The digital revolution was meant to make the work-life balance better for parents (and others). But somehow, coupled with the pandemic and inabilities to change work place cultures and processes, women ended up with the raw end of the bargain. Somehow we ended up carrying the home-schooling load, a professional work load and the household load.

Remove the barriers and work with your employees to find arrangements that work for them and your business. There is a shortage of hearing healthcare professionals world wide, an ageing population, an increase in hearing loss - to name a few reasons - you could implement a hybrid model that offers work place flexibility to employees and a diverse population of customers (e.g., beyond those that cannot attend a 9am to 5pm, traditional appointment). Imagine having a customer part of your hearing clinic from a young age to an older age because you offered them a different way of accessing hearing care that could support them across their hearing life spectrum? I acknowledge that not all aspects of hearing healthcare can be delivered virtually or digitally (yet), but I think some level of care and intervention over nothing is a pretty good start.

Implement flexible working arrangements

Gone are the days of hiring based on 40 hour work weeks (in theory, but the law in Australia states certain things employer's need to abide by). The new age of hiring is to find the right people, have clear projects and dead-lines, and work towards these. The key is trust.

When you find the right people, asking them to work a 9-5 schedule that suits your business needs might not cut the mustard for them. I acknowledge there are workplace laws that need to improve to support these changes, but it isn't illegal to offer and support customers at 7am or 7pm if they choose an appointment at this time slot. I also get that not all roles in our industry may be able to work like this.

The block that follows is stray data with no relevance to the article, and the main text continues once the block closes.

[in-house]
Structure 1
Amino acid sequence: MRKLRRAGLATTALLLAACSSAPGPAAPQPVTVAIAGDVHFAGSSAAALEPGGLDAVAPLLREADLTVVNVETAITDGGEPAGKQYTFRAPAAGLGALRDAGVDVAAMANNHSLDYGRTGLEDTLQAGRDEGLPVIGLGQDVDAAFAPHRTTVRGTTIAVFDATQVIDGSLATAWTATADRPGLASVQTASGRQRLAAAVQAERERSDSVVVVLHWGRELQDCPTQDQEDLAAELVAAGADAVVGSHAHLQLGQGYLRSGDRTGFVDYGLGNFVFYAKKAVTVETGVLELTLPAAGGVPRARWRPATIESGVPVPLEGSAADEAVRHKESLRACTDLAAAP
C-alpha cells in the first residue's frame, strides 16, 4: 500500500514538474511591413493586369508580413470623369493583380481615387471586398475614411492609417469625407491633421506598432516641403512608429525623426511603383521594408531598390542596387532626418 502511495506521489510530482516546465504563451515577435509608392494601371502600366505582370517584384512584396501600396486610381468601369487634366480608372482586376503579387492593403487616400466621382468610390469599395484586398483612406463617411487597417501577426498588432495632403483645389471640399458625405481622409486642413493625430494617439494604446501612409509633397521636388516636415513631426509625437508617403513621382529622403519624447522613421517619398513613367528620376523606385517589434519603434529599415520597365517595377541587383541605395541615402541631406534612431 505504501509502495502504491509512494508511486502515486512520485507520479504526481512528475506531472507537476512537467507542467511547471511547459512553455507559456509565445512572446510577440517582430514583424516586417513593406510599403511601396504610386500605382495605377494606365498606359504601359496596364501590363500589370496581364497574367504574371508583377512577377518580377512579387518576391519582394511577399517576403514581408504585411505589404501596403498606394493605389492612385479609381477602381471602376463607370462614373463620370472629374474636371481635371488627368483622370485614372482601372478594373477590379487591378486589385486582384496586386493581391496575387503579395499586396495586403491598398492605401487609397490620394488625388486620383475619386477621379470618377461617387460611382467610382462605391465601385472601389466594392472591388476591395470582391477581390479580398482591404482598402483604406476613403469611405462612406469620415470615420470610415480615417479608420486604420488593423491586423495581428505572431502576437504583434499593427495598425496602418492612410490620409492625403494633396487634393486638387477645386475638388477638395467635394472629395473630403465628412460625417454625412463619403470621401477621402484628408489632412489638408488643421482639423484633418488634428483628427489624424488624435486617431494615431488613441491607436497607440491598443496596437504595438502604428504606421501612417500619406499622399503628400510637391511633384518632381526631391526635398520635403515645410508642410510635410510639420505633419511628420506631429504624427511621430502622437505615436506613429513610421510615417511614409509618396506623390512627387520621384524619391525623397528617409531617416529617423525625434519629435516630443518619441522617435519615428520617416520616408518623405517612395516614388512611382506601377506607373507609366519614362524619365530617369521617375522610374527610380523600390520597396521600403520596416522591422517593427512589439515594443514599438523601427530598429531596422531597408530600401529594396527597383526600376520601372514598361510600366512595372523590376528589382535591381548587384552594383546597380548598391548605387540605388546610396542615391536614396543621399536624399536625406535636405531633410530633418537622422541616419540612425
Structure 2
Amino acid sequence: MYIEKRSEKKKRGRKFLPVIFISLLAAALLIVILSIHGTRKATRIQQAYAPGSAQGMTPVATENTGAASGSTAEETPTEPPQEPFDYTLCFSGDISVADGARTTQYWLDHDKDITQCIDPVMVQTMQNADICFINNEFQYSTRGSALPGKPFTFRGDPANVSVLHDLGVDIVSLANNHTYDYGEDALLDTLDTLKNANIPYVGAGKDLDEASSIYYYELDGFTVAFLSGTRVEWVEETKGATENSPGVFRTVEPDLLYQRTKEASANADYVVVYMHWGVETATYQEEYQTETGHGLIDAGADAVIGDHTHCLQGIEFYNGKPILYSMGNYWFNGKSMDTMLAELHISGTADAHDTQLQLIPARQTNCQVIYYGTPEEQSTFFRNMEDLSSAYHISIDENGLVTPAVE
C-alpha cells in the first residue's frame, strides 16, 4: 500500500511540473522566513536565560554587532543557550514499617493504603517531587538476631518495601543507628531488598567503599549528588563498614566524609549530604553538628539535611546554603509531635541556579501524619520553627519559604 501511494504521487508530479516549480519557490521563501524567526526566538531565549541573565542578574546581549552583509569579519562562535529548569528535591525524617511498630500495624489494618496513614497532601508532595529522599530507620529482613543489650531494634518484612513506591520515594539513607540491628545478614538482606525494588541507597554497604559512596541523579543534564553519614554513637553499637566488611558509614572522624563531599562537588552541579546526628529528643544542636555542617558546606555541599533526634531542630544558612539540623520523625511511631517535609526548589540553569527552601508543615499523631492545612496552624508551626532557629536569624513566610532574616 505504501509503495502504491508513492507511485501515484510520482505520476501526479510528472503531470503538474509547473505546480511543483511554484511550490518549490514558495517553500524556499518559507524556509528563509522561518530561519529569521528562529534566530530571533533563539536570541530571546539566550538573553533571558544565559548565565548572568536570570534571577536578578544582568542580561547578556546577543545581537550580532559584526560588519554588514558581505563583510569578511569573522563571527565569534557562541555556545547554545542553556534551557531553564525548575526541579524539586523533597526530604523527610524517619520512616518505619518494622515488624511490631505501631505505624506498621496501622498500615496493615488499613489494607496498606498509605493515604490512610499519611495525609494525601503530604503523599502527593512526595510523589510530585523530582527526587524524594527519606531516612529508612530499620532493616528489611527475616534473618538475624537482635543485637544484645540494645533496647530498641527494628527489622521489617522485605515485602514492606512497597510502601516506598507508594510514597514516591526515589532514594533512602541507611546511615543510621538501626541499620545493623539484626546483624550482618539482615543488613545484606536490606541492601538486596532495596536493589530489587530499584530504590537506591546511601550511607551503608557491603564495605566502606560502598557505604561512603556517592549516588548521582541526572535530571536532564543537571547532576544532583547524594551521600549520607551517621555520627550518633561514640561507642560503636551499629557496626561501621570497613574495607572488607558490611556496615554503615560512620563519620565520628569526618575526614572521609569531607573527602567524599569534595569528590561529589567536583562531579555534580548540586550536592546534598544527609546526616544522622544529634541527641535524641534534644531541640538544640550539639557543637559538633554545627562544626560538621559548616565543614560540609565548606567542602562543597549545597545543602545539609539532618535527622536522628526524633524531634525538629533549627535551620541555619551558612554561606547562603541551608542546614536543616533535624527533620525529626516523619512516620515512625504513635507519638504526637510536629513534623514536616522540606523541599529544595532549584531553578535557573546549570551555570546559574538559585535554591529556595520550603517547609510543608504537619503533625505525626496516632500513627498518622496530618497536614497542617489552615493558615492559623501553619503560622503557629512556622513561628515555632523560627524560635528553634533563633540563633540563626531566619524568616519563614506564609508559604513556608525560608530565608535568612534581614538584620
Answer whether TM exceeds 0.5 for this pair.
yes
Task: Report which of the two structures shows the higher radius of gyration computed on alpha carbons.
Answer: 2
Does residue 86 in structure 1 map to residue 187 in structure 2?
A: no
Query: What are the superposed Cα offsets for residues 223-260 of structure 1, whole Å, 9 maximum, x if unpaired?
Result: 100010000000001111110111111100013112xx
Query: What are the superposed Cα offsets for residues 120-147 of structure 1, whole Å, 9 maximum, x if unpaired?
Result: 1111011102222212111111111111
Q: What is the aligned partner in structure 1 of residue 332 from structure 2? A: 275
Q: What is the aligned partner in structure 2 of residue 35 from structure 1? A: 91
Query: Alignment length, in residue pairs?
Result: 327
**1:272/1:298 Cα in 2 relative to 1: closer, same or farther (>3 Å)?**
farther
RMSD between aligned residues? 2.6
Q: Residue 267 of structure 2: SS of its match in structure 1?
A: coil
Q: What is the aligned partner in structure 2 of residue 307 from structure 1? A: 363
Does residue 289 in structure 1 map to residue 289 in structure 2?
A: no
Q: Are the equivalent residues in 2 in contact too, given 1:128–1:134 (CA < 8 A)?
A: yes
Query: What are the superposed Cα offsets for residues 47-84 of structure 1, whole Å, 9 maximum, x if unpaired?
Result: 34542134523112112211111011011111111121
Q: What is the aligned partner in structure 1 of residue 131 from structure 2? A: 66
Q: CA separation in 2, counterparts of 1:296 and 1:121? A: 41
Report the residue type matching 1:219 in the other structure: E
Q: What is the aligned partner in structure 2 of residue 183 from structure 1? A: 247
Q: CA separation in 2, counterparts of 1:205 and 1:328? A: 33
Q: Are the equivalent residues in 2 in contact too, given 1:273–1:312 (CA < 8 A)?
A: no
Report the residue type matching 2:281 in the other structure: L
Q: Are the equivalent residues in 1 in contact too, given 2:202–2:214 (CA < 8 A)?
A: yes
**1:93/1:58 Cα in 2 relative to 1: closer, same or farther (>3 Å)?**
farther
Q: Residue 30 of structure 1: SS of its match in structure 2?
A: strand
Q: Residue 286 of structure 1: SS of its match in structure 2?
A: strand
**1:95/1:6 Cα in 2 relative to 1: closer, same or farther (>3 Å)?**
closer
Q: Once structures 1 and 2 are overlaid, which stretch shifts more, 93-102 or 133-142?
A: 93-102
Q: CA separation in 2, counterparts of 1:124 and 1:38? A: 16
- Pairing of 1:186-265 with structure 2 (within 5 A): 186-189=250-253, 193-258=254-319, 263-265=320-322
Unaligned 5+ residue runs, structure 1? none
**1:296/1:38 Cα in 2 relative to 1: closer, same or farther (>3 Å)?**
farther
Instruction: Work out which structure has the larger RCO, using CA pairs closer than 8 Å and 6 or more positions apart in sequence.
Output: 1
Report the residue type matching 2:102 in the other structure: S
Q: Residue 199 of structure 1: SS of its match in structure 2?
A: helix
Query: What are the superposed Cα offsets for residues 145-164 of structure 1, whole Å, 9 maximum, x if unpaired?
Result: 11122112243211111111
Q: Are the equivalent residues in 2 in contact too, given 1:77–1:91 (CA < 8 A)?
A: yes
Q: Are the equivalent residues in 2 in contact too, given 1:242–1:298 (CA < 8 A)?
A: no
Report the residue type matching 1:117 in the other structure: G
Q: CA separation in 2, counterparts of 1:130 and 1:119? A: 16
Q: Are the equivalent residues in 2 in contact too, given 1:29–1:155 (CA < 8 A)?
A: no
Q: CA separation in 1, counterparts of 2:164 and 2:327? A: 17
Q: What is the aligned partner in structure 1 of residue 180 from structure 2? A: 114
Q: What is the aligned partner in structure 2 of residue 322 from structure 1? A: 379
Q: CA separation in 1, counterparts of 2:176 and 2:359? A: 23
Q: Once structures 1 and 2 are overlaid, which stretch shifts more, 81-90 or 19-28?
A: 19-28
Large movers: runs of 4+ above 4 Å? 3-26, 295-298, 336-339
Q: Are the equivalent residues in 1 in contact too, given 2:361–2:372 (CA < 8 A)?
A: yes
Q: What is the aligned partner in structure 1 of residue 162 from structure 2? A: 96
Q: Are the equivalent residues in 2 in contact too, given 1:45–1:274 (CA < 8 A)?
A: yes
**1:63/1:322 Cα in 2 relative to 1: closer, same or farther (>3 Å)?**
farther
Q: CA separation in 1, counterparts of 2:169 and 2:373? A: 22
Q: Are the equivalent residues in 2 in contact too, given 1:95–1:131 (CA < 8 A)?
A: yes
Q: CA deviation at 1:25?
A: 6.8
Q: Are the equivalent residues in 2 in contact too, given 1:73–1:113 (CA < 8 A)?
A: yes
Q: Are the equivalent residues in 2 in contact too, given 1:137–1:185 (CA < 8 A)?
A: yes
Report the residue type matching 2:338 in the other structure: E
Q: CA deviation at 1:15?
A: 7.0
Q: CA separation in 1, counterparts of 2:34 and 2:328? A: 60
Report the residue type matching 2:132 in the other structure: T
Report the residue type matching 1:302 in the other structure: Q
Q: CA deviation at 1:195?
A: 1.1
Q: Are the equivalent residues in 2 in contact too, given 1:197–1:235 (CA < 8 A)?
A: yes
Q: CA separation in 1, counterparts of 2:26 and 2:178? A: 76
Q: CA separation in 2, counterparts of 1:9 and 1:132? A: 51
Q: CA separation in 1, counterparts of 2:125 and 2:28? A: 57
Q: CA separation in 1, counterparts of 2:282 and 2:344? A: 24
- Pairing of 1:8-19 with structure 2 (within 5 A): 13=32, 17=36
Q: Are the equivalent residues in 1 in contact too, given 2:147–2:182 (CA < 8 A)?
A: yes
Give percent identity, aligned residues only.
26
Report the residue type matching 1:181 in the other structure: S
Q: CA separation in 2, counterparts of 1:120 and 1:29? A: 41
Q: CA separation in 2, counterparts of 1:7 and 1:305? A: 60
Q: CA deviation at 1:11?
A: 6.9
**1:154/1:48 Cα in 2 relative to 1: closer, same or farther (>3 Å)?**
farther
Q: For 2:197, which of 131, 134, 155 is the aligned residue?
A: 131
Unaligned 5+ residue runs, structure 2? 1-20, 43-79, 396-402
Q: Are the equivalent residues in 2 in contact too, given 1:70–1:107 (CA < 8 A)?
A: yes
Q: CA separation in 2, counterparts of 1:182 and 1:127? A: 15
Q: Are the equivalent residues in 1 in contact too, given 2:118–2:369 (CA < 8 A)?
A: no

What if your employee is a night owl? Or an early bird? If the projects or the work allow it, allowing your employees to work the hours to achieve the agreed upon project KPI's and targets at a pace that works for them (and agreed upon by all parties involved), makes for productive, innovative teams and outcomes.

Can this work for traditional type back to back hearing healthcare appointments? I believe it can. And I believe brands like are going to be leaders in this area when they (hopeful claim here as I have no ties to them), go global. I realise this model isn't for everyone, but having the option to do this when you need it... well wouldn't that be work place equality and fairness to some degree? And wouldn't it support transitioning back to work nicely?

Have clear targets and outcomes for individuals, teams and the business

Most of us work best when we know the details of the plan or targets we are trying to achieve. I am talking about being on the same page with the goals and key performance indicators you set your business, the team and the individuals striving to achieve them. No matter how any business frames it, there are targets and your goal is to work together to achieve them. How you get there is another story.

To a certain extent, what I disagree with, is a one size fits all model to achieving targets. Much like a hearing aid fitting, real ear measurements and customer validation are key measures we utilise to fine tune and improve hearing aid and hearing health success rates. But we miss components like auditory training and long term satisfaction use and early adoption of hearing health rehabilitation that can result in poor results with client's and lacklustre uptake rates of hearing devices, despite best efforts. Imagine when we work towards personalised care plans and work goals, what we can achieve. I believe there can be some give and take to make employees and employers truly perform at their best.